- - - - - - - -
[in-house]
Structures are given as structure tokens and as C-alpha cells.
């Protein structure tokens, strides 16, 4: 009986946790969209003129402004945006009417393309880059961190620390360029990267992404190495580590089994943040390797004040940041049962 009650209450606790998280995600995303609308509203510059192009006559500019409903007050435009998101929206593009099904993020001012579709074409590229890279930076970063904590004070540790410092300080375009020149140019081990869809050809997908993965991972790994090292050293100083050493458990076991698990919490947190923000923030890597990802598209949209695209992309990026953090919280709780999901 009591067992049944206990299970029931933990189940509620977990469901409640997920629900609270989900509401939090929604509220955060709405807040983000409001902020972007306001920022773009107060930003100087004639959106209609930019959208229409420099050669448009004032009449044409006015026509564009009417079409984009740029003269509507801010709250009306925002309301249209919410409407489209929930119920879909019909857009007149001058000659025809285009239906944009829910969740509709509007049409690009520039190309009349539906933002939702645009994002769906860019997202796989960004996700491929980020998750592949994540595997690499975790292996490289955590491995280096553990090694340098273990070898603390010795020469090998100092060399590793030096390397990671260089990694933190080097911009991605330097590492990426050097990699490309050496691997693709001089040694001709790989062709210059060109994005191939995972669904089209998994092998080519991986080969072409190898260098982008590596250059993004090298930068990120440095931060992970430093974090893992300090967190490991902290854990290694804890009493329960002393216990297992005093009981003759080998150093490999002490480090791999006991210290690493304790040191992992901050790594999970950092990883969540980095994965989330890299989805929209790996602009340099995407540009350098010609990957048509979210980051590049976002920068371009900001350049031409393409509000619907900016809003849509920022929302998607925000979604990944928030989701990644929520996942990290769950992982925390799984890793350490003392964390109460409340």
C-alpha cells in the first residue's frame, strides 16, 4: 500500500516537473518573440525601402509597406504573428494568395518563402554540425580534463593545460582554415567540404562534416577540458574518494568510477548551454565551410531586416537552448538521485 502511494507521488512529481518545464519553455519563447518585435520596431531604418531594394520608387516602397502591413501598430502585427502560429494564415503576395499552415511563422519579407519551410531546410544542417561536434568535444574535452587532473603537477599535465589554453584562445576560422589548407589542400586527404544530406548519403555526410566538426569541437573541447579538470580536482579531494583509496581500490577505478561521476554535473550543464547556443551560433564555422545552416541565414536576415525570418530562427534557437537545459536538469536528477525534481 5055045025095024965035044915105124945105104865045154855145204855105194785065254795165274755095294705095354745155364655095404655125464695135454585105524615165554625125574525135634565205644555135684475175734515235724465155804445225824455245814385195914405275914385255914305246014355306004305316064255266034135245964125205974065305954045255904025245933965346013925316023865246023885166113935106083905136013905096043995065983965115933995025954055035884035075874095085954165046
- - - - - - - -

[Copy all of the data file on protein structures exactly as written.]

[in-house]
Structures are given as structure tokens and as C-alpha cells.
């Protein structure tokens, strides 16, 4: 009986946790969209003129402004945006009417393309880059961190620390360029990267992404190495580590089994943040390797004040940041049962 009650209450606790998280995600995303609308509203510059192009006559500019409903007050435009998101929206593009099904993020001012579709074409590229890279930076970063904590004070540790410092300080375009020149140019081990869809050809997908993965991972790994090292050293100083050493458990076991698990919490947190923000923030890597990802598209949209695209992309990026953090919280709780999901 009591067992049944206990299970029931933990189940509620977990469901409640997920629900609270989900509401939090929604509220955060709405807040983000409001902020972007306001920022773009107060930003100087004639959106209609930019959208229409420099050669448009004032009449044409006015026509564009009417079409984009740029003269509507801010709250009306925002309301249209919410409407489209929930119920879909019909857009007149001058000659025809285009239906944009829910969740509709509007049409690009520039190309009349539906933002939702645009994002769906860019997202796989960004996700491929980020998750592949994540595997690499975790292996490289955590491995280096553990090694340098273990070898603390010795020469090998100092060399590793030096390397990671260089990694933190080097911009991605330097590492990426050097990699490309050496691997693709001089040694001709790989062709210059060109994005191939995972669904089209998994092998080519991986080969072409190898260098982008590596250059993004090298930068990120440095931060992970430093974090893992300090967190490991902290854990290694804890009493329960002393216990297992005093009981003759080998150093490999002490480090791999006991210290690493304790040191992992901050790594999970950092990883969540980095994965989330890299989805929209790996602009340099995407540009350098010609990957048509979210980051590049976002920068371009900001350049031409393409509000619907900016809003849509920022929302998607925000979604990944928030989701990644929520996942990290769950992982925390799984890793350490003392964390109460409340």
C-alpha cells in the first residue's frame, strides 16, 4: 500500500516537473518573440525601402509597406504573428494568395518563402554540425580534463593545460582554415567540404562534416577540458574518494568510477548551454565551410531586416537552448538521485 502511494507521488512529481518545464519553455519563447518585435520596431531604418531594394520608387516602397502591413501598430502585427502560429494564415503576395499552415511563422519579407519551410531546410544542417561536434568535444574535452587532473603537477599535465589554453584562445576560422589548407589542400586527404544530406548519403555526410566538426569541437573541447579538470580536482579531494583509496581500490577505478561521476554535473550543464547556443551560433564555422545552416541565414536576415525570418530562427534557437537545459536538469536528477525534481 5055045025095024965035044915105124945105104865045154855145204855105194785065254795165274755095294705095354745155364655095404655125464695135454585105524615165554625125574525135634565205644555135684475175734515235724465155804445225824455245814385195914405275914385255914305246014355306004305316064255266034135245964125205974065305954045255904025245933965346013925316023865246023885166113935106083905136013905096043995065983965115933995025954055035884035075874095085954165046